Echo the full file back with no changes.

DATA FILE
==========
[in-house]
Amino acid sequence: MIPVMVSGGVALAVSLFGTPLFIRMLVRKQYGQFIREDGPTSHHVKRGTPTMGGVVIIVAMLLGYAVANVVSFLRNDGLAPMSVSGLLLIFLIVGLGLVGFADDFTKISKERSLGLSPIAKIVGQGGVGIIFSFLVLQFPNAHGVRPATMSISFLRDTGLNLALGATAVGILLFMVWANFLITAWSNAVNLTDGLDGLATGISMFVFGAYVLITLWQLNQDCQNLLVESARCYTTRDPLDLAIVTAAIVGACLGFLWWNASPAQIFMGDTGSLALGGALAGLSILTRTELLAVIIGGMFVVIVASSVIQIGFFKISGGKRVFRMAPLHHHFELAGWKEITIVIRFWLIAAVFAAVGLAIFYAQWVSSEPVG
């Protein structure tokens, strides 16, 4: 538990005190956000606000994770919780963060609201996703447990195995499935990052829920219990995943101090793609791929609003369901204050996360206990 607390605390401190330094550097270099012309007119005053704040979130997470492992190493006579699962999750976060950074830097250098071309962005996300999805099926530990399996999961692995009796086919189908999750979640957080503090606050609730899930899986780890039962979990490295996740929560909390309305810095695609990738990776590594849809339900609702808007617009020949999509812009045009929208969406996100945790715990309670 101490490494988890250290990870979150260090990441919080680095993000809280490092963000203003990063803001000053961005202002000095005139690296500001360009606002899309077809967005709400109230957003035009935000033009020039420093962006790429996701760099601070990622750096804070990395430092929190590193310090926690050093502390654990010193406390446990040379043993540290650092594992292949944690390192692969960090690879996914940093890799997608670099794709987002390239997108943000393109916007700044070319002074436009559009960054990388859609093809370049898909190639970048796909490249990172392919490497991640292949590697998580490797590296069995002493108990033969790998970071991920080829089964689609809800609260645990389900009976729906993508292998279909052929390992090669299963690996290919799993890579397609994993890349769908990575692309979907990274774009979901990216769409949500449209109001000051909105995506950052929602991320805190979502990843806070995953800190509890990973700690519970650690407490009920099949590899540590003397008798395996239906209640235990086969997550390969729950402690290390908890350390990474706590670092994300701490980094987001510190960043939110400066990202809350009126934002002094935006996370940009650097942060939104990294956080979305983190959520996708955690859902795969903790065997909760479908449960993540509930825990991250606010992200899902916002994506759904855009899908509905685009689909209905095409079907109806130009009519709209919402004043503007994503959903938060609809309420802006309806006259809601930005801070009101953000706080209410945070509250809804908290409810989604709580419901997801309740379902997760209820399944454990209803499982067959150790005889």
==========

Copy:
[in-house]
Amino acid sequence: MIPVMVSGGVALAVSLFGTPLFIRMLVRKQYGQFIREDGPTSHHVKRGTPTMGGVVIIVAMLLGYAVANVVSFLRNDGLAPMSVSGLLLIFLIVGLGLVGFADDFTKISKERSLGLSPIAKIVGQGGVGIIFSFLVLQFPNAHGVRPATMSISFLRDTGLNLALGATAVGILLFMVWANFLITAWSNAVNLTDGLDGLATGISMFVFGAYVLITLWQLNQDCQNLLVESARCYTTRDPLDLAIVTAAIVGACLGFLWWNASPAQIFMGDTGSLALGGALAGLSILTRTELLAVIIGGMFVVIVASSVIQIGFFKISGGKRVFRMAPLHHHFELAGWKEITIVIRFWLIAAVFAAVGLAIFYAQWVSSEPVG
């Protein structure tokens, strides 16, 4: 538990005190956000606000994770919780963060609201996703447990195995499935990052829920219990995943101090793609791929609003369901204050996360206990 607390605390401190330094550097270099012309007119005053704040979130997470492992190493006579699962999750976060950074830097250098071309962005996300999805099926530990399996999961692995009796086919189908999750979640957080503090606050609730899930899986780890039962979990490295996740929560909390309305810095695609990738990776590594849809339900609702808007617009020949999509812009045009929208969406996100945790715990309670 101490490494988890250290990870979150260090990441919080680095993000809280490092963000203003990063803001000053961005202002000095005139690296500001360009606002899309077809967005709400109230957003035009935000033009020039420093962006790429996701760099601070990622750096804070990395430092929190590193310090926690050093502390654990010193406390446990040379043993540290650092594992292949944690390192692969960090690879996914940093890799997608670099794709987002390239997108943000393109916007700044070319002074436009559009960054990388859609093809370049898909190639970048796909490249990172392919490497991640292949590697998580490797590296069995002493108990033969790998970071991920080829089964689609809800609260645990389900009976729906993508292998279909052929390992090669299963690996290919799993890579397609994993890349769908990575692309979907990274774009979901990216769409949500449209109001000051909105995506950052929602991320805190979502990843806070995953800190509890990973700690519970650690407490009920099949590899540590003397008798395996239906209640235990086969997550390969729950402690290390908890350390990474706590670092994300701490980094987001510190960043939110400066990202809350009126934002002094935006996370940009650097942060939104990294956080979305983190959520996708955690859902795969903790065997909760479908449960993540509930825990991250606010992200899902916002994506759904855009899908509905685009689909209905095409079907109806130009009519709209919402004043503007994503959903938060609809309420802006309806006259809601930005801070009101953000706080209410945070509250809804908290409810989604709580419901997801309740379902997760209820399944454990209803499982067959150790005889």